Lost In Translation? A Cultural Divide in Travel Retail

I recently had a great conversation with someone regarding retail from a domestic perspective and the airport perspective. We had both come to the same consensus – that sometimes, the retail or product offer seems to get lost in translation.

Now, I am not talking about language here – I am talking about the entire experience. What is it that makes this happen?

An Example

I have mentioned my disappointment before regarding Banana Republic. I had a fantastic experience in the states, just brilliant service, well executed stores etc. When Banana Republic arrived in the UK, I was very excited. My expectations were set at the level my american experience gave me. Unfortunately, that expectation wasn’t met. Nowhere near. The brand, the experience, the essence had somehow got lost.

Moving to Airports

The same can happen in airports. The shift from high street to airside can create a different shopping experience. It may be beauty consultants, store teams or simply in its execution and design where the change happens. Of course, there is the argument that you might need to tailor your offer and standards according to new market/audience. However, if you have a winning formula in the domestic market, it pays to ensure that the allure or sparkle translates across into the airside environment. Another example would be Apple. If they decided to enter the airport market, they would need to replicate what was available domestically rather than lose the elements that make it special.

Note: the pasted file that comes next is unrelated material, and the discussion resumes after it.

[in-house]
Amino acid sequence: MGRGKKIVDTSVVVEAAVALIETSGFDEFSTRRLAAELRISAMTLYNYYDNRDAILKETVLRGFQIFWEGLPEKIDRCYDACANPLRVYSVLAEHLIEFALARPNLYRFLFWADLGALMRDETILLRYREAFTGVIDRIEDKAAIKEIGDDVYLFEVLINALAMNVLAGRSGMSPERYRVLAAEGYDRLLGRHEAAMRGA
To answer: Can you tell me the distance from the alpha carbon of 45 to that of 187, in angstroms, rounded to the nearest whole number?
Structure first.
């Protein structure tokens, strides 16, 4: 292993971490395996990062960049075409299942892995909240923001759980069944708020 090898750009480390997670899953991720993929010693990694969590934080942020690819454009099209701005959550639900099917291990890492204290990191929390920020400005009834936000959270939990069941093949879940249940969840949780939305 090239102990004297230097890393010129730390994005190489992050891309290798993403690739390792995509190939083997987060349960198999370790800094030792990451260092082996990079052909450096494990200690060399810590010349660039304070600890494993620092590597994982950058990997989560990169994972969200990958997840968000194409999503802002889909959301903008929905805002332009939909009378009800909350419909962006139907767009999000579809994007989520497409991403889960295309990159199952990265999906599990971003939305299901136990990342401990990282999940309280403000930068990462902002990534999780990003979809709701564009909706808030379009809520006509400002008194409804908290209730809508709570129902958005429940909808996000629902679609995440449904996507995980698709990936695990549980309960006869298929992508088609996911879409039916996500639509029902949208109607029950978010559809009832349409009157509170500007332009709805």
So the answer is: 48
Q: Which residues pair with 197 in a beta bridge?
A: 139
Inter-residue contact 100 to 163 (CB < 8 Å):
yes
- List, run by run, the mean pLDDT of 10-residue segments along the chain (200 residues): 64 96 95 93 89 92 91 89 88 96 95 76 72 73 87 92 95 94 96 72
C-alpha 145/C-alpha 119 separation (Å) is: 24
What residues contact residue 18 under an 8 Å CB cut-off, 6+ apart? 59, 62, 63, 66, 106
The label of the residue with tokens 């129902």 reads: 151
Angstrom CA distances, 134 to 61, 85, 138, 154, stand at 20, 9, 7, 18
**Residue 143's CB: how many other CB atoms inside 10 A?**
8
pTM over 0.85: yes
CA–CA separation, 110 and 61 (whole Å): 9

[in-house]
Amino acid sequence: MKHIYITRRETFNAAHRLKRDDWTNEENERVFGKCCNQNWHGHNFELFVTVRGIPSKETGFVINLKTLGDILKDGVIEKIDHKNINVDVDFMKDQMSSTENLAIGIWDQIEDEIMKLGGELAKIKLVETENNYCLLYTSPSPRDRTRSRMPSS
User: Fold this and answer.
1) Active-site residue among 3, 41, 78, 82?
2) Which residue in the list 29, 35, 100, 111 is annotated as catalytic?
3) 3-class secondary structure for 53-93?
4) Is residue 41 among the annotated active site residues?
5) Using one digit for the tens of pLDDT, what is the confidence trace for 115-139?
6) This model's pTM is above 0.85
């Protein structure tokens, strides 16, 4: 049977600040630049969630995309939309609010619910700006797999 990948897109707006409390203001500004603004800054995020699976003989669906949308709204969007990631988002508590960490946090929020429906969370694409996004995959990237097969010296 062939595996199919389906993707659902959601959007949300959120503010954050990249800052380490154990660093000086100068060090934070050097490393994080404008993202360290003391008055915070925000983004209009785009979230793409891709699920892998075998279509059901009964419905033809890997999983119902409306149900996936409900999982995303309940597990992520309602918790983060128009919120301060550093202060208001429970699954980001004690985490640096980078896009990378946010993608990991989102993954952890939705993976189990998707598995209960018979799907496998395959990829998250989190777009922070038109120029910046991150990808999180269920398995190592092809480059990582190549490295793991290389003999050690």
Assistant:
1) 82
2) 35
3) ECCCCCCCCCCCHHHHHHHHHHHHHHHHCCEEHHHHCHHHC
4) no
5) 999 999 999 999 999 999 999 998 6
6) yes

Key Actions

If you are finding that there is something not quite hitting the mark (be really honest – always trying to spin a situation in its most positive light does not lead to progressive change and development), I have listed 3 key actions to review:

  1. Recruitment – Are you recruiting effectively? Are you running assessment centres to find the best candidates? Are you looking in the right place for the best talent. Make sure that you get the right people in the right place even if it takes longer to recruit than planned.
  2. Training – Sometimes Travel Retail can be seen as the poor relation to a bigger business. This means that the airport business suffers in terms of skill set. A business should be putting their best talent into the travel retail sector. Once you have the best people, train them and train them well.
  3. Culture – Travel Retail is not an island. Ensure that your travel retail division is included and part of the wider business. Ensure that TR is not just a minor and misunderstood division. Makes sure the wider culture of the business is evident within the TR environment.

Of course, there are many more actions that can be utilised however, the one common factor is People. Get that right and you will make that translation from Domestic to Airside that much smoother.

As ever, thank you for reading. Please do share and subscribe.


If you have any questions about data harmonisation in Travel Retail, do feel free to drop me a line.

Have a great week.


Founder & Managing Director
One Red Kite Limited

Author of “Travel Retail : The Insider’s Guide”
Click here to buy a signed copy
Click here to buy from Amazon

Share This Article:

Scroll to Top